When the world gets closer.

We help you see farther.

Sign up to our expressly international daily newsletter.

Already a subscriber? Log in .

You've reached your limit of one free article.

Get unlimited access to Worldcrunch

You can cancel anytime .


Exclusive International news coverage

Ad-free experience NEW

Weekly digital Magazine NEW

9 daily & weekly Newsletters

Access to Worldcrunch archives

Free trial

30-days free access, then $2.90
per month.

Annual Access BEST VALUE

$19.90 per year, save $14.90 compared to monthly billing.save $14.90.

Subscribe to Worldcrunch

Not Enough Pilots For Latin America's Booming Private Jet Sector



SANTIAGO - The rapid expansion of large Latin American companies is pushing up demand for private airplanes and helicopters like never before.

The reasons are simple - these companies want the speed, flexibility and autonomy that private air transport provides. The only problem: There are not enough pilots, America Economia reports.

This creates an interesting situation. Many large companies, instead of contracting with an air transport company, will hire pilots directly and buy their own vehicles. Often, these companies are former clients of companies that provide private air transport.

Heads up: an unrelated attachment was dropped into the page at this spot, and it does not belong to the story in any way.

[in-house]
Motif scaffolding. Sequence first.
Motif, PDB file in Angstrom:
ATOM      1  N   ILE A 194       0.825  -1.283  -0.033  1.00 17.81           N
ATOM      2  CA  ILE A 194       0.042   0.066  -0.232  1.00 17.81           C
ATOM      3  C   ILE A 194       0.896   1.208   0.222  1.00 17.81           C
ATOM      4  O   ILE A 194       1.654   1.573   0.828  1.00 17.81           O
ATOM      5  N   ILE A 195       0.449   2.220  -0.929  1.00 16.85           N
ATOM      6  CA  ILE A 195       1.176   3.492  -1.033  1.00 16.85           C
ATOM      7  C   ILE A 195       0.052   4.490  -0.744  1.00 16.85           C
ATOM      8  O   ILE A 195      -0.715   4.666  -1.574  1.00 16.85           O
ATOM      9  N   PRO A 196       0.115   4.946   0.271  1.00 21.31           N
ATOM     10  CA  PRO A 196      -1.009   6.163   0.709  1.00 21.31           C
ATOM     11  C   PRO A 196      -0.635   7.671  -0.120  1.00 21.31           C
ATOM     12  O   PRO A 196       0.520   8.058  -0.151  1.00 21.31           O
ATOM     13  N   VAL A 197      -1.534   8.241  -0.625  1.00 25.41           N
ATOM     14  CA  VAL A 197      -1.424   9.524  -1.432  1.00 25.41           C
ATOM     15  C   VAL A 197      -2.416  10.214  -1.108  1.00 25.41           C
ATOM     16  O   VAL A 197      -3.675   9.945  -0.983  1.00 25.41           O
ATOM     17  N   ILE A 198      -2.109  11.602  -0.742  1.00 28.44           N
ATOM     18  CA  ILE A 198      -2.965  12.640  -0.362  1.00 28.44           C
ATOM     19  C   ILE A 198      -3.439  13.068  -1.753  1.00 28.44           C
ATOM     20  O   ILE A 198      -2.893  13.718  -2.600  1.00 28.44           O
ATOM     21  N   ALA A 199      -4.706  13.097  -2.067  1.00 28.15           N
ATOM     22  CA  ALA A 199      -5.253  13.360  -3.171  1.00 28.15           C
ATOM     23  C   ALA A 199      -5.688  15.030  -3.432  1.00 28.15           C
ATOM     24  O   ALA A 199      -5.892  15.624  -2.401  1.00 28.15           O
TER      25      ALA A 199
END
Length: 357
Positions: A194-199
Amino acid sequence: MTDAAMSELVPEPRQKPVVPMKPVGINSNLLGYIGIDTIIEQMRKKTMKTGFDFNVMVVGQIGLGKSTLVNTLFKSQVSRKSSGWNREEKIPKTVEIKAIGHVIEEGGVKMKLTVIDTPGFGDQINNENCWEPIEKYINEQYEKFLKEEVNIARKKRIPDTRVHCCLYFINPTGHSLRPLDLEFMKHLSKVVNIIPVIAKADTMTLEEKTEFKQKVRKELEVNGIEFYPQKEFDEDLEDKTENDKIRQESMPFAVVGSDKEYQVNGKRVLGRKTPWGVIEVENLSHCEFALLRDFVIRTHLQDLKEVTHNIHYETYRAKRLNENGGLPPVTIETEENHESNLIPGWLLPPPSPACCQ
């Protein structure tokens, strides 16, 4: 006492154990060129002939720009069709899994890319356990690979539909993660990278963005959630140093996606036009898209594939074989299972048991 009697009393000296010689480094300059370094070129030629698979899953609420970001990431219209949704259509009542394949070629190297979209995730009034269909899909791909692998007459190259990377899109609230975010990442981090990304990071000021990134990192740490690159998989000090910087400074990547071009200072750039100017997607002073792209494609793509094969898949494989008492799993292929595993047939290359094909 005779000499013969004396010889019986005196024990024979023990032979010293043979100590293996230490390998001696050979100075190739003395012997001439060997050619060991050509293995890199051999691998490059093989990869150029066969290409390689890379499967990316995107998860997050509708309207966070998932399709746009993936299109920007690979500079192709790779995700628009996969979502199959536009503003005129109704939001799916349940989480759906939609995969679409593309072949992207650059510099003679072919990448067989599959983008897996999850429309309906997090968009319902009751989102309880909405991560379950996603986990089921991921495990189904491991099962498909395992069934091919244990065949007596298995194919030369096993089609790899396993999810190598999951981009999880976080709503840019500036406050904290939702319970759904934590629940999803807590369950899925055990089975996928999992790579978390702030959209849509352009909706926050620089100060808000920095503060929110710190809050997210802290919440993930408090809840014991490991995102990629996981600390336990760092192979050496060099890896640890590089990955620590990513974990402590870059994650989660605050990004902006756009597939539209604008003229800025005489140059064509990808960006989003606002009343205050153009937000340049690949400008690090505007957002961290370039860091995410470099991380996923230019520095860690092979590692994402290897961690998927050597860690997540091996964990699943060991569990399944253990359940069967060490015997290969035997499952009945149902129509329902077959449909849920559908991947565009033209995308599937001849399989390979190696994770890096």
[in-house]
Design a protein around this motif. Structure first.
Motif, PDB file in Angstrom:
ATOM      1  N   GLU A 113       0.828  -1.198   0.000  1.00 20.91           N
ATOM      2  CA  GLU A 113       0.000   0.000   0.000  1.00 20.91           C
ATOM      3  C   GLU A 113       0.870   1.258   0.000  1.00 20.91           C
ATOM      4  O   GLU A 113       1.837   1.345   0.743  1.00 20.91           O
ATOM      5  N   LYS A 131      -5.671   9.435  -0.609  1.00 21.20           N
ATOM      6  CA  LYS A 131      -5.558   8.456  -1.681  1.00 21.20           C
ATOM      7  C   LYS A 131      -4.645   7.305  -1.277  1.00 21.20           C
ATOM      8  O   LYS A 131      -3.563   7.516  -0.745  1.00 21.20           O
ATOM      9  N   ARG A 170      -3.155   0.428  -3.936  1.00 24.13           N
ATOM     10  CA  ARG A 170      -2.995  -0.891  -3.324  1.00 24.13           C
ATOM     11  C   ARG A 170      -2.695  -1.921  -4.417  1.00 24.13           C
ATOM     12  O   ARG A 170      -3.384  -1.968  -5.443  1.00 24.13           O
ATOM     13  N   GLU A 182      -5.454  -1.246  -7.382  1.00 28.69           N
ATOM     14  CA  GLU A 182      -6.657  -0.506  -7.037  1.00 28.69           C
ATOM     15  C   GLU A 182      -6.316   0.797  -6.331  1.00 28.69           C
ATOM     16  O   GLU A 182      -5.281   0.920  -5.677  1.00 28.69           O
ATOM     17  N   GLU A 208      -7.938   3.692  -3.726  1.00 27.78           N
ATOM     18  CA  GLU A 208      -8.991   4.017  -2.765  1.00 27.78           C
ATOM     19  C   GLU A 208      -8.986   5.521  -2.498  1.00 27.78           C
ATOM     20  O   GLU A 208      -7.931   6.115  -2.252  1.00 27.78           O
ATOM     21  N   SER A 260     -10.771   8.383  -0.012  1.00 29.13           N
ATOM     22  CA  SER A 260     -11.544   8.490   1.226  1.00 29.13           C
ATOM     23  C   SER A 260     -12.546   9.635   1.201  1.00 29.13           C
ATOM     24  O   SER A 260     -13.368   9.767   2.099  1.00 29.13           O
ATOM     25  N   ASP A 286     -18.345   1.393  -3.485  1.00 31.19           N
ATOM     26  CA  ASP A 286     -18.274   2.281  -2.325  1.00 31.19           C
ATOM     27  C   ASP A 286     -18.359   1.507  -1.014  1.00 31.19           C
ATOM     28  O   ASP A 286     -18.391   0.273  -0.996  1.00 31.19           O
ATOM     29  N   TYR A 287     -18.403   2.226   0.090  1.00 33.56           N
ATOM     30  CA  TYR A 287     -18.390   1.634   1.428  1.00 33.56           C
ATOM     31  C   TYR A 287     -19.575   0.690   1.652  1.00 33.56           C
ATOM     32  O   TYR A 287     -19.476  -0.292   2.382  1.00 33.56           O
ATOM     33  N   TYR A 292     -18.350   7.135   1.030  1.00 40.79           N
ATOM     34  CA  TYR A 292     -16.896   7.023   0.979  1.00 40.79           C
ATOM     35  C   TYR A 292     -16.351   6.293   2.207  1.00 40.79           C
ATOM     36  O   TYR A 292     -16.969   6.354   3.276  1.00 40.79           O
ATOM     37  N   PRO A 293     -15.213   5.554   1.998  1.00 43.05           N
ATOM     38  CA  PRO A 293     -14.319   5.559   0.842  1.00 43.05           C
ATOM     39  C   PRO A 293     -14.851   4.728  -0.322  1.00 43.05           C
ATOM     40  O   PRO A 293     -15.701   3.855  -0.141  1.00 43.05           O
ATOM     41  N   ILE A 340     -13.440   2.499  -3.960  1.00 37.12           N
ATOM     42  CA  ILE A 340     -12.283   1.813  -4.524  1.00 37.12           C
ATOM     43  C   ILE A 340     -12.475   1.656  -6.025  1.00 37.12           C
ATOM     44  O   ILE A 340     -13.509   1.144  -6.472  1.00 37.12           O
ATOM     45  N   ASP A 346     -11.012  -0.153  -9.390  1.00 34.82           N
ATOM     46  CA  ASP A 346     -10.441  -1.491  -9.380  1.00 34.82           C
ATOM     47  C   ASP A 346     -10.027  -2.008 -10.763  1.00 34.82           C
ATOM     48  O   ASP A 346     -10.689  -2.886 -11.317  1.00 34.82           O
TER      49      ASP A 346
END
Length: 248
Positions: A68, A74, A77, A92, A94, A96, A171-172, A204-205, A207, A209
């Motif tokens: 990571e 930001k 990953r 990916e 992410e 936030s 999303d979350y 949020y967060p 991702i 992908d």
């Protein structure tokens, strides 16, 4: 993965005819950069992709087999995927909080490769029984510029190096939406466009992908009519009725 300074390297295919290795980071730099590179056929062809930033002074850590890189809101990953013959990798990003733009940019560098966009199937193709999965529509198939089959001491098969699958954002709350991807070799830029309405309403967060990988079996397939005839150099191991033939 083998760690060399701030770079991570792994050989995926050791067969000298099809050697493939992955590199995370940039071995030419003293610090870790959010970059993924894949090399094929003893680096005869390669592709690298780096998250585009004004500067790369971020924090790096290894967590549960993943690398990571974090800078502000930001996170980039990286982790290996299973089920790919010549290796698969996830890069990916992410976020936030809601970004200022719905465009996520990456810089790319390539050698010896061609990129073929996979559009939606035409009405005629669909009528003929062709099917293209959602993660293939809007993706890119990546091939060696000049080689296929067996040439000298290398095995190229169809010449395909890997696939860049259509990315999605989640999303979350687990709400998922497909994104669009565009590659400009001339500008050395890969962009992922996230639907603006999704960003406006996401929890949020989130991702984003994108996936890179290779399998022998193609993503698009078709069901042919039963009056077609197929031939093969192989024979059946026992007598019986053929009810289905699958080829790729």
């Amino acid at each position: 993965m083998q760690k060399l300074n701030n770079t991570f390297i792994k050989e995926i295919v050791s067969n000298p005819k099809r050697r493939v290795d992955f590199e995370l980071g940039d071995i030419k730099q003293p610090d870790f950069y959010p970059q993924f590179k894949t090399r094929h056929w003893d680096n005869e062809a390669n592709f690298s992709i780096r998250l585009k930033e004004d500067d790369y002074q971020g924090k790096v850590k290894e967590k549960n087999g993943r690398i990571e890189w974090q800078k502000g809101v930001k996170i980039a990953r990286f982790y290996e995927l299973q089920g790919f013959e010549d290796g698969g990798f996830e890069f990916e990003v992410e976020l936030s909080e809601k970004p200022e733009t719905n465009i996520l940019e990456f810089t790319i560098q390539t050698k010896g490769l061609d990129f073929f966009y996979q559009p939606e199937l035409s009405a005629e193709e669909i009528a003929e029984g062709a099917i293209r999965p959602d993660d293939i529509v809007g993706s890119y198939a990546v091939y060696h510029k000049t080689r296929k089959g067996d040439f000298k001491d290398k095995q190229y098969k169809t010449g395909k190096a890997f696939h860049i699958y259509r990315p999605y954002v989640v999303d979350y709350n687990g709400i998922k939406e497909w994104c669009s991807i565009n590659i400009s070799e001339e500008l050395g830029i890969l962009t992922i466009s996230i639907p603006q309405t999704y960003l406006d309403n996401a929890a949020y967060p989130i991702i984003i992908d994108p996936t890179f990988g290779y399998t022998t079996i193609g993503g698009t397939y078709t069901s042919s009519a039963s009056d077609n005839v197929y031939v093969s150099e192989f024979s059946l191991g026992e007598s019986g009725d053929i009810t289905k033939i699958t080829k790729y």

Jorge Bitar Neto, president of Helimart, one such private air company, explained that his clients have turned into his competitors. Not only do they buy their own planes, they then hire away the pilots that they are used to flying with, usually offering vastly better salaries. The air transport companies can’t compete.

If it’s crunch time for the companies, it’s time to rake in the money for pilots. An inexperienced co-pilot can expect to earn between $3,500 and $5,000 per month, and experienced pilot over $12,500 per month, reports America Economia.

You've reached your limit of free articles.

To read the full story, start your free trial today.

Get unlimited access. Cancel anytime.

Exclusive coverage from the world's top sources, in English for the first time.

Insights from the widest range of perspectives, languages and countries.

Migrant Lives

A Train Journey With Bengal Migrants Looking For A Living Far Away

Finding a seat on the Karmabhoomi Express is close to impossible. A closer look at why so many migrant workers travel on it, and out of Bengal, offers a grim picture.

image of a train

The Karmabhoomi Express runs from Kamakhya to Mumbai in a 3 day journey.

India Rail Info
Joydeep Sarkar

WEST BENGAL — Welcome aboard the 22512 Kamakhya-LTT Karmabhoomi Express — a metaphor, if any, of the acuteness of Bengal’s unemployment problem.

It is 10.28 pm at north Bengal’s Alipurduar Junction and the crowd has swollen to its peak. This is when the Karmabhoomi Express appears at the station. It is bound for Mumbai. Finding a seat on it is close to impossible. It is always chock full and there are always hundreds struggling to get a spot in the unreserved general compartment.

Keep reading...Show less

The latest